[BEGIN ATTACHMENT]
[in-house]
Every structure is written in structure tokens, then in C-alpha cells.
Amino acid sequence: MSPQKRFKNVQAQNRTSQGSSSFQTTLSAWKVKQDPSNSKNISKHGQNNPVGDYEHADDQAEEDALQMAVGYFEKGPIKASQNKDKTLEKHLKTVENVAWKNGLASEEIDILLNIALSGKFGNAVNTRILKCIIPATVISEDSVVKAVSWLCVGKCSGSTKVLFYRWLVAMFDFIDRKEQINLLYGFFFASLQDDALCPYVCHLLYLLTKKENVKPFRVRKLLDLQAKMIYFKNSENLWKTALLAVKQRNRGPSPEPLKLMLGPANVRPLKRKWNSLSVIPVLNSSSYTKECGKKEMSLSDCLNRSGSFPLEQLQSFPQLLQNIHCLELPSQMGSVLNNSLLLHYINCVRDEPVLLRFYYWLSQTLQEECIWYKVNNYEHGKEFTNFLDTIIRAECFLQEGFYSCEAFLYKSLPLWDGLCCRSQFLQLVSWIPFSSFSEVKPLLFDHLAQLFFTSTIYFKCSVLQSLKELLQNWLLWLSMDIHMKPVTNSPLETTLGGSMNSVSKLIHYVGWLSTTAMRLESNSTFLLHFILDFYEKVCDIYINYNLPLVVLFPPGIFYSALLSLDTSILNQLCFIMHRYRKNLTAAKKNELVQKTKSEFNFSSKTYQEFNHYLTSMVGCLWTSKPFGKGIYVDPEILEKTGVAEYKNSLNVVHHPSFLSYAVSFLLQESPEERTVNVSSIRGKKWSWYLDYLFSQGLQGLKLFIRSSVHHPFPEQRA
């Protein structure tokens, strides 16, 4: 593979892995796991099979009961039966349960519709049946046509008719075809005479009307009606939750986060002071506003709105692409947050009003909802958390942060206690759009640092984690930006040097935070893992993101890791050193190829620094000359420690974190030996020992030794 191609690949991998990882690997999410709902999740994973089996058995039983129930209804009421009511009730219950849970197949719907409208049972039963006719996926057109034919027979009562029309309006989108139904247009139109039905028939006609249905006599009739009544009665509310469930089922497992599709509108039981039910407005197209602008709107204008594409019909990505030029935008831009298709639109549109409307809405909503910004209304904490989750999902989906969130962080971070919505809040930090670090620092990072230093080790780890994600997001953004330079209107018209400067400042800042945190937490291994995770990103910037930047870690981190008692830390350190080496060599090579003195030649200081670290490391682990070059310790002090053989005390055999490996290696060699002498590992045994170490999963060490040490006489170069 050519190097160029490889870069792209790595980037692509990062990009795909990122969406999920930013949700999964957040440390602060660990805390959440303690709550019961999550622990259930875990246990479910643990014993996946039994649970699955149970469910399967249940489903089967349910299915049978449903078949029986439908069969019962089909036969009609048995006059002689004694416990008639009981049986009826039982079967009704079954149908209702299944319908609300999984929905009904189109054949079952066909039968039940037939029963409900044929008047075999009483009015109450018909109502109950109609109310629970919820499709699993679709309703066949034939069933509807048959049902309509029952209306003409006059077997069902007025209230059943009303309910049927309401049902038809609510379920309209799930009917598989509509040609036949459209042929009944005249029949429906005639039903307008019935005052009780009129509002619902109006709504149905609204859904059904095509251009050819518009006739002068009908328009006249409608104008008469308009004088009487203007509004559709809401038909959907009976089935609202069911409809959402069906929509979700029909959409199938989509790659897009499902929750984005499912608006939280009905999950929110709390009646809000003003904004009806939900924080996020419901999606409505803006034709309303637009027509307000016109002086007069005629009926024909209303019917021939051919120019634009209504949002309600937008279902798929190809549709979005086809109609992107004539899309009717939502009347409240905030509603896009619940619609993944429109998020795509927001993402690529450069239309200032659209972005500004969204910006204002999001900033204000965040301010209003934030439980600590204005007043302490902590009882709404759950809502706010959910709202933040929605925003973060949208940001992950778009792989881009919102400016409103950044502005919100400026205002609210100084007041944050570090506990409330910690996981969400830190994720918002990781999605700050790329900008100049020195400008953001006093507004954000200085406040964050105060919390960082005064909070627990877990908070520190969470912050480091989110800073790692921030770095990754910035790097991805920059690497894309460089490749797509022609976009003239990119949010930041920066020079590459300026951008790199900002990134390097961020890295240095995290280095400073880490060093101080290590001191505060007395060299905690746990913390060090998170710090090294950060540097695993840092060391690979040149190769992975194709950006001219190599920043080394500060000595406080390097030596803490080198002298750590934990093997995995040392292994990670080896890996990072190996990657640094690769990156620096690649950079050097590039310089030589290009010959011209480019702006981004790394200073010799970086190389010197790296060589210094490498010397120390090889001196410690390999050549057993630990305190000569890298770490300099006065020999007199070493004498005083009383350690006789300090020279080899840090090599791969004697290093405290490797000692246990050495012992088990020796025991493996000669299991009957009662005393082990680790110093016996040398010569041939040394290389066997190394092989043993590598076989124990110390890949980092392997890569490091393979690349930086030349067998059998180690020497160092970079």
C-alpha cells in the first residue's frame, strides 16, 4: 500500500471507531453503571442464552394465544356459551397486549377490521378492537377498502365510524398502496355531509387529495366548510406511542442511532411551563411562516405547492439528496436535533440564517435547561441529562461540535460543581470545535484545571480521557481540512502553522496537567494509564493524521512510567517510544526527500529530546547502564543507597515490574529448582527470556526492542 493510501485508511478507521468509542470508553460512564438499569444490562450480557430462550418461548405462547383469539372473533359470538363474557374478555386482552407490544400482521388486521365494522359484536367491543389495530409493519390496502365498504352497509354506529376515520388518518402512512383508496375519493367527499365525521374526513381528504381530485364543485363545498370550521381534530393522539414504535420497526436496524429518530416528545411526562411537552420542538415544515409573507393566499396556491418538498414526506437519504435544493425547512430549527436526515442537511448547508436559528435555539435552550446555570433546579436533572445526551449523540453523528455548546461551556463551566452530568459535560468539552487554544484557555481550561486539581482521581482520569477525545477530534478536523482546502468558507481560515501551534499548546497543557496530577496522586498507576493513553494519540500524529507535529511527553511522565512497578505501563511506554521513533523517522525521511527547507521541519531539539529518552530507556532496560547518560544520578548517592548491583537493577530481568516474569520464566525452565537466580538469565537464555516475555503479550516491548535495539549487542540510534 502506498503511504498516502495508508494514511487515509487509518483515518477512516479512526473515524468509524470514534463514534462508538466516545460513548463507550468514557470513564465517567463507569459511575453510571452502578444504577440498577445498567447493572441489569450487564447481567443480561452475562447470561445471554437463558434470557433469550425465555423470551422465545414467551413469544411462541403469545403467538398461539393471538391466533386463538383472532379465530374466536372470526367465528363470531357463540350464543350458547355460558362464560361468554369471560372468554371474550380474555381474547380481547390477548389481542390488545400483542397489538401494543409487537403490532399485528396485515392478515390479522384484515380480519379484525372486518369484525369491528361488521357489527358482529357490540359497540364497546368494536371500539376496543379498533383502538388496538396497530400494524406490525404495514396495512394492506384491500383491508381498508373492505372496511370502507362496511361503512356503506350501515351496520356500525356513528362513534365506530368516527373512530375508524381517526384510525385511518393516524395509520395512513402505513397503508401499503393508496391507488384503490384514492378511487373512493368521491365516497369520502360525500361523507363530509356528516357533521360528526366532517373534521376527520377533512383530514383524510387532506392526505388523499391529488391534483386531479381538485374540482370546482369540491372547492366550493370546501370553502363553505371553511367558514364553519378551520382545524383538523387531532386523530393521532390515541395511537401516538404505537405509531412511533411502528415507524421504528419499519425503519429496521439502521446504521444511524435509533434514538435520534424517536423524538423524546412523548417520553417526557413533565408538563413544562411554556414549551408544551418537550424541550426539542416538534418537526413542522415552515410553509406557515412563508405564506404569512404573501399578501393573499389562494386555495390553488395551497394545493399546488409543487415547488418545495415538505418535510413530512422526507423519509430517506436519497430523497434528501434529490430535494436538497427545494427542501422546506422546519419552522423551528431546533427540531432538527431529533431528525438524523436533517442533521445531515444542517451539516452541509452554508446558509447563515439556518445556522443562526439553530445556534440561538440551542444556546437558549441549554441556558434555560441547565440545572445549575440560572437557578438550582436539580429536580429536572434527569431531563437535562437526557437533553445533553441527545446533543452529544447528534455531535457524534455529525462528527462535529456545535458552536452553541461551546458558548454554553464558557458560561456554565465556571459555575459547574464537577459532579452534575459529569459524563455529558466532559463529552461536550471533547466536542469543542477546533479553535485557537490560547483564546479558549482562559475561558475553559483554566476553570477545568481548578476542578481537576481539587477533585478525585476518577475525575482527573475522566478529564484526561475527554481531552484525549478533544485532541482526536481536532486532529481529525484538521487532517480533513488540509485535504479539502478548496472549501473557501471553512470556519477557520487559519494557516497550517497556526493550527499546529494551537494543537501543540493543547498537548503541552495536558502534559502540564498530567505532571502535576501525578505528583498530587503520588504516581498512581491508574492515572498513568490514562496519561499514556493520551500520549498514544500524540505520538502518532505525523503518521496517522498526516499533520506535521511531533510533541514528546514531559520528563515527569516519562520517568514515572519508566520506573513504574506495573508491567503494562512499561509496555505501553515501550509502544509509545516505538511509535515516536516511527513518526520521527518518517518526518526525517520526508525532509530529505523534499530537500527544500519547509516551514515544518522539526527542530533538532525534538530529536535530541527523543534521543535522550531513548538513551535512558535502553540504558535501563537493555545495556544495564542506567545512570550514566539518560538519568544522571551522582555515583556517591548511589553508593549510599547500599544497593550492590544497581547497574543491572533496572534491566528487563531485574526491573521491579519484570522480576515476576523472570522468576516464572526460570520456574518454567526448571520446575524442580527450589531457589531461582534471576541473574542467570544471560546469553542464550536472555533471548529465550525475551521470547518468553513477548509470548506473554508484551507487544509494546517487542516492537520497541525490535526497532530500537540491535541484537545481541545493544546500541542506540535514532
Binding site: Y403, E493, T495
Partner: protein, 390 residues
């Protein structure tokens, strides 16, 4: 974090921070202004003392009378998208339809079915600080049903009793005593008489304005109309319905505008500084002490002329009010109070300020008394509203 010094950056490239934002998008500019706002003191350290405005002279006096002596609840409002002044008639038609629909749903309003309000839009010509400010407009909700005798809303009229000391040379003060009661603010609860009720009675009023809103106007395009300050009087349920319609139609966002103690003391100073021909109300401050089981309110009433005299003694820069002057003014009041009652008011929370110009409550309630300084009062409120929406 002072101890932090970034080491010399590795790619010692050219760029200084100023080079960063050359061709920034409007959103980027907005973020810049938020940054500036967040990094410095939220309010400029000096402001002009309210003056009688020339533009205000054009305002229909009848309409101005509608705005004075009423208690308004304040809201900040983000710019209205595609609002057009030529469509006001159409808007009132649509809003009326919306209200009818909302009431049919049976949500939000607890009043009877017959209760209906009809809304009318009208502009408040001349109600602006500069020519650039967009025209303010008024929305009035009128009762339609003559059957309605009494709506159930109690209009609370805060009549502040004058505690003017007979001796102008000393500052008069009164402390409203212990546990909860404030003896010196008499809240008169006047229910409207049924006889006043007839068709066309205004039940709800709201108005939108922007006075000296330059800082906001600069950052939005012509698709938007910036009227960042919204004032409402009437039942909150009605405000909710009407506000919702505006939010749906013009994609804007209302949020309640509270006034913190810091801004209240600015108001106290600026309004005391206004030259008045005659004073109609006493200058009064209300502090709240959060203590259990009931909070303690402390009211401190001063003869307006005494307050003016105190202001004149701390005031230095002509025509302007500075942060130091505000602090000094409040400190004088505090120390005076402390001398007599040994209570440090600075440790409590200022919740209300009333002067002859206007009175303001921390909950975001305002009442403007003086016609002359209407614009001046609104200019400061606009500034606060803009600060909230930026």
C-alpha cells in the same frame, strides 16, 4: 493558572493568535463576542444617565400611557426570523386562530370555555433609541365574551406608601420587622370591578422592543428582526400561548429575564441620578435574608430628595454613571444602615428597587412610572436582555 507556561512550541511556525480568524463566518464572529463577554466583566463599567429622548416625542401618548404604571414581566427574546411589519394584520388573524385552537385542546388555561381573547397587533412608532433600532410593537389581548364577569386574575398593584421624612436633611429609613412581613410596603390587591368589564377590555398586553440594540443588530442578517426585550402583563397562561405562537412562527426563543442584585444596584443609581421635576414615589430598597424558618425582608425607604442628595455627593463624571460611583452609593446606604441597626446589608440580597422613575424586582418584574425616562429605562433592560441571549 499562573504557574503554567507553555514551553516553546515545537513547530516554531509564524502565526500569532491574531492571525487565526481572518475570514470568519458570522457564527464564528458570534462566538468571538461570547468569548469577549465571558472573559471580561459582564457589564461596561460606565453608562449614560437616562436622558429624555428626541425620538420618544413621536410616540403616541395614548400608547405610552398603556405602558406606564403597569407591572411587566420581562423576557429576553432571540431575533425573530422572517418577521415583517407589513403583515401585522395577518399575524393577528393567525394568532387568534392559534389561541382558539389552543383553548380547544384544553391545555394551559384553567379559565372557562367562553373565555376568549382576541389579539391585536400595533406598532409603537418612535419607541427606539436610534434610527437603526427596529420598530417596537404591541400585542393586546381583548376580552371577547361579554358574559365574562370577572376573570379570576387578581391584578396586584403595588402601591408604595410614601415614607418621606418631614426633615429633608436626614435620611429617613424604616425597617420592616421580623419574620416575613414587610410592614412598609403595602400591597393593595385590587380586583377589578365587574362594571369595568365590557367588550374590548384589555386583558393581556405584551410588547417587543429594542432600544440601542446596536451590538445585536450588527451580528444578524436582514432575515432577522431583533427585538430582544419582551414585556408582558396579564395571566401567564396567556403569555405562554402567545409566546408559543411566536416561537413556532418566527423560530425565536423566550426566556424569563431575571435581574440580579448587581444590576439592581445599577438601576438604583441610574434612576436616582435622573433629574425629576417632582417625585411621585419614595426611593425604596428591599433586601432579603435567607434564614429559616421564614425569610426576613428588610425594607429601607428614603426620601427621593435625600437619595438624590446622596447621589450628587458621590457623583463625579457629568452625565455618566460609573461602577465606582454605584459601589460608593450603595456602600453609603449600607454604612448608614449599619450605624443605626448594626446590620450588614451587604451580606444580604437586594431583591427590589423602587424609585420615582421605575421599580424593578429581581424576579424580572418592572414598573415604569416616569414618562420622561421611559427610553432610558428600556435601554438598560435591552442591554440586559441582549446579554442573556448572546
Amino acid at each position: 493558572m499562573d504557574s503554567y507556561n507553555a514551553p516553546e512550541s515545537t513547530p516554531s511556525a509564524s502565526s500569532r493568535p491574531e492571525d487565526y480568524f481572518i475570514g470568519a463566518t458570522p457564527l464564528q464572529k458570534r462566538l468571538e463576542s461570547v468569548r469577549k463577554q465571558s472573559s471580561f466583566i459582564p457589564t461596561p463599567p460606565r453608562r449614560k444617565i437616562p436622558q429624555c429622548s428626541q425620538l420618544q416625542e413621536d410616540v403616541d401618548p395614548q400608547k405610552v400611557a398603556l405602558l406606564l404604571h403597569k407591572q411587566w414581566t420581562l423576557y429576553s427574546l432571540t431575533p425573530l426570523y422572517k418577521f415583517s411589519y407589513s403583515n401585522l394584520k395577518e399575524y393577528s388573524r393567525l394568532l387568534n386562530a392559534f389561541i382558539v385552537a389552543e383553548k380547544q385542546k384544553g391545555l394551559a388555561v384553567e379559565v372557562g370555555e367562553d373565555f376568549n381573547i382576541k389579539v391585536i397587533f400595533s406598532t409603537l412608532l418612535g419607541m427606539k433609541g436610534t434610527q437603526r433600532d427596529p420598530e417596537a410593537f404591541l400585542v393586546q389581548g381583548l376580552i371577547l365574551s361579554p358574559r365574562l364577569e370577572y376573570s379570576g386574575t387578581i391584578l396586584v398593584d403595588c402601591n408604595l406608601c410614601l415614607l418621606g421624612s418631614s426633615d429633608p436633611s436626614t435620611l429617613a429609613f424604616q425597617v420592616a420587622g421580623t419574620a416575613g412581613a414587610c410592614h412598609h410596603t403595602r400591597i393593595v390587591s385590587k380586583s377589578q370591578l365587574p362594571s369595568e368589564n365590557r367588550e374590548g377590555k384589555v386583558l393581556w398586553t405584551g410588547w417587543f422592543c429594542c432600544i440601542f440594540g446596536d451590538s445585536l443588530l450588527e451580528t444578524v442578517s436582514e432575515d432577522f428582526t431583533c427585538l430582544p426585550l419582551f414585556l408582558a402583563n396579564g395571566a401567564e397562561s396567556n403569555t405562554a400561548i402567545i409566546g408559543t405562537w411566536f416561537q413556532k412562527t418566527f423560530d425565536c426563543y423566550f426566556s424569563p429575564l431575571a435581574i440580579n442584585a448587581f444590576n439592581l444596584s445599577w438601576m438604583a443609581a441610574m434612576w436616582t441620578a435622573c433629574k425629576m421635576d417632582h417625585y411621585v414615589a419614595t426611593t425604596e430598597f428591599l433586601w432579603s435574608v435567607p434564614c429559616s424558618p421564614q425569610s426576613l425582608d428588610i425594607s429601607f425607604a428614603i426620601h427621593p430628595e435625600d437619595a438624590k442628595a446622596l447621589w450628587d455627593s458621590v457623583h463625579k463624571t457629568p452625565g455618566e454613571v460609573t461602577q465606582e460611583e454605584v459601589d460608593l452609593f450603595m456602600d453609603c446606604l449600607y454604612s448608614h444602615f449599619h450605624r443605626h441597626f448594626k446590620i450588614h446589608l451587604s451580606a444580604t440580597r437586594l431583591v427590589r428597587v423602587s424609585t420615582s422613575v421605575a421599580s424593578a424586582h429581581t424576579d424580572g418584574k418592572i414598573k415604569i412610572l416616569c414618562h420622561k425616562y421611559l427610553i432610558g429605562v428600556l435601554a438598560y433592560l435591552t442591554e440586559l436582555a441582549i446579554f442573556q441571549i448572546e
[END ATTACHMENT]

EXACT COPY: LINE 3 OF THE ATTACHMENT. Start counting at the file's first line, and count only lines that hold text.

Amino acid sequence: MSPQKRFKNVQAQNRTSQGSSSFQTTLSAWKVKQDPSNSKNISKHGQNNPVGDYEHADDQAEEDALQMAVGYFEKGPIKASQNKDKTLEKHLKTVENVAWKNGLASEEIDILLNIALSGKFGNAVNTRILKCIIPATVISEDSVVKAVSWLCVGKCSGSTKVLFYRWLVAMFDFIDRKEQINLLYGFFFASLQDDALCPYVCHLLYLLTKKENVKPFRVRKLLDLQAKMIYFKNSENLWKTALLAVKQRNRGPSPEPLKLMLGPANVRPLKRKWNSLSVIPVLNSSSYTKECGKKEMSLSDCLNRSGSFPLEQLQSFPQLLQNIHCLELPSQMGSVLNNSLLLHYINCVRDEPVLLRFYYWLSQTLQEECIWYKVNNYEHGKEFTNFLDTIIRAECFLQEGFYSCEAFLYKSLPLWDGLCCRSQFLQLVSWIPFSSFSEVKPLLFDHLAQLFFTSTIYFKCSVLQSLKELLQNWLLWLSMDIHMKPVTNSPLETTLGGSMNSVSKLIHYVGWLSTTAMRLESNSTFLLHFILDFYEKVCDIYINYNLPLVVLFPPGIFYSALLSLDTSILNQLCFIMHRYRKNLTAAKKNELVQKTKSEFNFSSKTYQEFNHYLTSMVGCLWTSKPFGKGIYVDPEILEKTGVAEYKNSLNVVHHPSFLSYAVSFLLQESPEERTVNVSSIRGKKWSWYLDYLFSQGLQGLKLFIRSSVHHPFPEQRA